A half-day workshop hosted by the Spinoza Foundation, the Department of Economics and the Centre for Analysis of Risk and Regulation (CARR). Sir Paul Tucker of the Harvard Kennedy School (and former deputy governor of the Bank of England), will reflect on the themes raised in his recent book Unelected Power. The book covers a range of issues in economics and politics particularly raising issues around the move towards the greater use of experts to make and inform policy decisions. The discussion will focus on three central themes: design precepts and unelected power; regulators and central banks in the “emergency state” and central bank independence. The workshop is invitation-only and will be held under the Chatham House rule. The workshop will be chaired by Professor Sir Tim Besley and Professor Martin Lodge.
Spinoza Seminar: The future of capitalism
12 October 2018
A public lecture hosted by the Spinoza Foundation, the Department of Economics, and STICERD, in which Professor Sir Paul Collier discussed the topics covered in his most recent book, The Future of Capitalism: Facing the New Anxieties. The book examines the economic, social and cultural rifts opened by modern capitalism. As well as including his personal reflections moving from working-class Sheffield to Oxford and working between Britain and Africa, he offered a wider perspective on ethics, economics and the capacity of our system of government to respond to the challenges that he identifies. The event was free and open to all, and was chaired by Professor Sir Tim Besley.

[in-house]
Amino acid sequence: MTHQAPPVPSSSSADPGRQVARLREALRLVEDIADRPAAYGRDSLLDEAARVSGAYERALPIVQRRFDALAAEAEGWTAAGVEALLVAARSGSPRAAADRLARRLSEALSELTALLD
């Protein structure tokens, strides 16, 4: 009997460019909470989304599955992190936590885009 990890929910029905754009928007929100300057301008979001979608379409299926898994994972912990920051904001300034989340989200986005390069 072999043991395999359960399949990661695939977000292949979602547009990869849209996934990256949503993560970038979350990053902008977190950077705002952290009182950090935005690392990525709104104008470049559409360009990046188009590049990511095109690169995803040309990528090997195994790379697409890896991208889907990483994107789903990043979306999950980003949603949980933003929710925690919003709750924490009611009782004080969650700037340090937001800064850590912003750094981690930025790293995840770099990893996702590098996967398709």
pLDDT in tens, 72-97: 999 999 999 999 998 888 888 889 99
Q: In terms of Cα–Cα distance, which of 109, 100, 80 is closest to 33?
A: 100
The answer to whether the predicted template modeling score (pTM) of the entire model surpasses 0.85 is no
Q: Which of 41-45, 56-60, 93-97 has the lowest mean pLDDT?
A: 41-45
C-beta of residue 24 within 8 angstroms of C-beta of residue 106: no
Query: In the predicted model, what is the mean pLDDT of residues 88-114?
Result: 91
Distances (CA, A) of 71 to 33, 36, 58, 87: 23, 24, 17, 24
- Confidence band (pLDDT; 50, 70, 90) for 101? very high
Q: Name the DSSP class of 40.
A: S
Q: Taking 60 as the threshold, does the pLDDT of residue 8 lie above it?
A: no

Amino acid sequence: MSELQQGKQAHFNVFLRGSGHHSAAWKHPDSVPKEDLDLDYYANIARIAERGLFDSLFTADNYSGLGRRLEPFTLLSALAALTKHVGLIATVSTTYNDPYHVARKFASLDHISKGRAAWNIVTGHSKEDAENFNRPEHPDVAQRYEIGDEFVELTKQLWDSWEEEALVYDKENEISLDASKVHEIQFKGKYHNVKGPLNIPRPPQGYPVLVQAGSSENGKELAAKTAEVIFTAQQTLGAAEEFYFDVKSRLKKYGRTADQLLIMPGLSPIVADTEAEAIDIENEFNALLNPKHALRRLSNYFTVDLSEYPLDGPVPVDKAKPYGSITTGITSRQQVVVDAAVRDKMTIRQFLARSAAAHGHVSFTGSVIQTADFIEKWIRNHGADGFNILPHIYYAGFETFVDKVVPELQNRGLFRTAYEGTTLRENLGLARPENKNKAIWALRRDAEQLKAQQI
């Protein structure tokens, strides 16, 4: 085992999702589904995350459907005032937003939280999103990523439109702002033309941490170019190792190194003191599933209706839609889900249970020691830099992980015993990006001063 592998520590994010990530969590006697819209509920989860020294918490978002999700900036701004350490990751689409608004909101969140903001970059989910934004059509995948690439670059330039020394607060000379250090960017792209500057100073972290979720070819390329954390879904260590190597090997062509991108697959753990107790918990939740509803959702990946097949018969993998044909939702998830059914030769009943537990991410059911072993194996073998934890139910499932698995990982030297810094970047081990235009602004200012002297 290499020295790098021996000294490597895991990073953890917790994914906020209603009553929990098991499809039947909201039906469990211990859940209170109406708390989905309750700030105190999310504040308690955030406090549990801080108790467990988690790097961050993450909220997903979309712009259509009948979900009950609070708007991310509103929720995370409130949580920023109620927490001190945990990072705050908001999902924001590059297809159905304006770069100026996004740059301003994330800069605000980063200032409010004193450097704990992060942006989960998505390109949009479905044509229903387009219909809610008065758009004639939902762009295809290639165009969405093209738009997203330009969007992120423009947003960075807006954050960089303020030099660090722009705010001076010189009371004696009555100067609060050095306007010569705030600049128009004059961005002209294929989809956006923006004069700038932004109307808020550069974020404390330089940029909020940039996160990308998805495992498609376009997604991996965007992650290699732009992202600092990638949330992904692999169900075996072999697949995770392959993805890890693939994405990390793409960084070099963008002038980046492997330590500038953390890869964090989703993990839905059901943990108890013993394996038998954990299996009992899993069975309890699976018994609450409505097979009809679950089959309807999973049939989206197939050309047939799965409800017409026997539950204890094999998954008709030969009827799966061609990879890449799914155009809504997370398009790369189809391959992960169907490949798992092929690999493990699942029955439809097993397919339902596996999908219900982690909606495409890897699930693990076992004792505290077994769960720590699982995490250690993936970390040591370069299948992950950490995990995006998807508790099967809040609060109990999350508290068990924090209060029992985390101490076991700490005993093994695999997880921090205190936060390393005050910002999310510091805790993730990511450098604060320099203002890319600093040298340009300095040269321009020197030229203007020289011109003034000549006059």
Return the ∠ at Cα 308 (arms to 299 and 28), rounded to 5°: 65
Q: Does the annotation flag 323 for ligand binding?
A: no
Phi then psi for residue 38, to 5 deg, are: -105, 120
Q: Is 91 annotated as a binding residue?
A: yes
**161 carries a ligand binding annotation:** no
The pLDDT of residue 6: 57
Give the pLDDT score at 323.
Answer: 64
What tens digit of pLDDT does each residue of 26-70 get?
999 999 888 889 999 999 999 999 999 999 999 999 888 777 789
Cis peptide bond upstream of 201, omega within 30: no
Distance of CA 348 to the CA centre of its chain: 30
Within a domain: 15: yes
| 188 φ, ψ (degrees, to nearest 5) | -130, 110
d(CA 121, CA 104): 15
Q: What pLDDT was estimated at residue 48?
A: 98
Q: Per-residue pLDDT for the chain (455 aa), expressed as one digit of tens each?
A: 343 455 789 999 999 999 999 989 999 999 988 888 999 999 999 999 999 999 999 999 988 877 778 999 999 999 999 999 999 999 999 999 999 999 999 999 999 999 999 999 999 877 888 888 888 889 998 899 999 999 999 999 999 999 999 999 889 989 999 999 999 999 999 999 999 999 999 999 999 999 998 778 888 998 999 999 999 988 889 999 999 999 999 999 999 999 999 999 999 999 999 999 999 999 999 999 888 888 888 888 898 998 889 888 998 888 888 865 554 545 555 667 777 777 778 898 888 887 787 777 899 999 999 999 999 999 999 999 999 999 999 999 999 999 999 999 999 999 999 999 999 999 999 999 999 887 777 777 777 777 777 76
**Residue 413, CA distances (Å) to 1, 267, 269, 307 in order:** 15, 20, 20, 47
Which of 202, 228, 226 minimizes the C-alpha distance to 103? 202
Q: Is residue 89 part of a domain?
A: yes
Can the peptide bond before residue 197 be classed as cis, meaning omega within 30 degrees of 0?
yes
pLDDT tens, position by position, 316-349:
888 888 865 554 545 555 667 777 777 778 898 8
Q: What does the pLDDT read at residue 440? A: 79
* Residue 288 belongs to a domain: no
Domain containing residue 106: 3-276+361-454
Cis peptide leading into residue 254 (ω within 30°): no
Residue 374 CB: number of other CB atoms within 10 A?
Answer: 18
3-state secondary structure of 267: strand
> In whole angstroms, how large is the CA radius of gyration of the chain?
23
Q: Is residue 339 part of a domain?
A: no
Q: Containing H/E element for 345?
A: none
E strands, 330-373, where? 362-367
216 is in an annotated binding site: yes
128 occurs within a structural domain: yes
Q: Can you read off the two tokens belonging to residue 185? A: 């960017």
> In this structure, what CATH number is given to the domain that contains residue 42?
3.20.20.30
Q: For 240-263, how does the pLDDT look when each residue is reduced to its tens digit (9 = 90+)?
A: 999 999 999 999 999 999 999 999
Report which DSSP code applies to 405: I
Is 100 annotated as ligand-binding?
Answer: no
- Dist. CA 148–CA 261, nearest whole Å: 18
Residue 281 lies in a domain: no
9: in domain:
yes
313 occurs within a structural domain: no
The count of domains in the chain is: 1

Spinoza Seminar: CIFAR meeting on Institutions, Organisations and Growth
29 June 2018
The Programme extended support to the meeting of the Institutions, Organisations and Growth Programme of the Canadian Institute for Advanced Research (CIFAR).
Spinoza Seminar: Panel Discussion on Private Currencies
17 January 2018
A panel discussion to launch a collaboration between the Spinoza Foundation and LSE was held in the Shaw Library at the LSE before an audience of invited guests on the afternoon of Wednesday 17 January 2018. The discussion, which was held under Chatham House rules, explored the issues surrounding private currencies (with particular reference to bitcoin). The panel comprised Andy Haldane, the Chief Economist at the Bank of England, Minouche Shafik, the Director of the LSE, and Tim Besley, Professor of Economics and Political Science and W Arthur Lewis Professor of Development Economics. The panel was chaired by David Smith of the Sunday Times.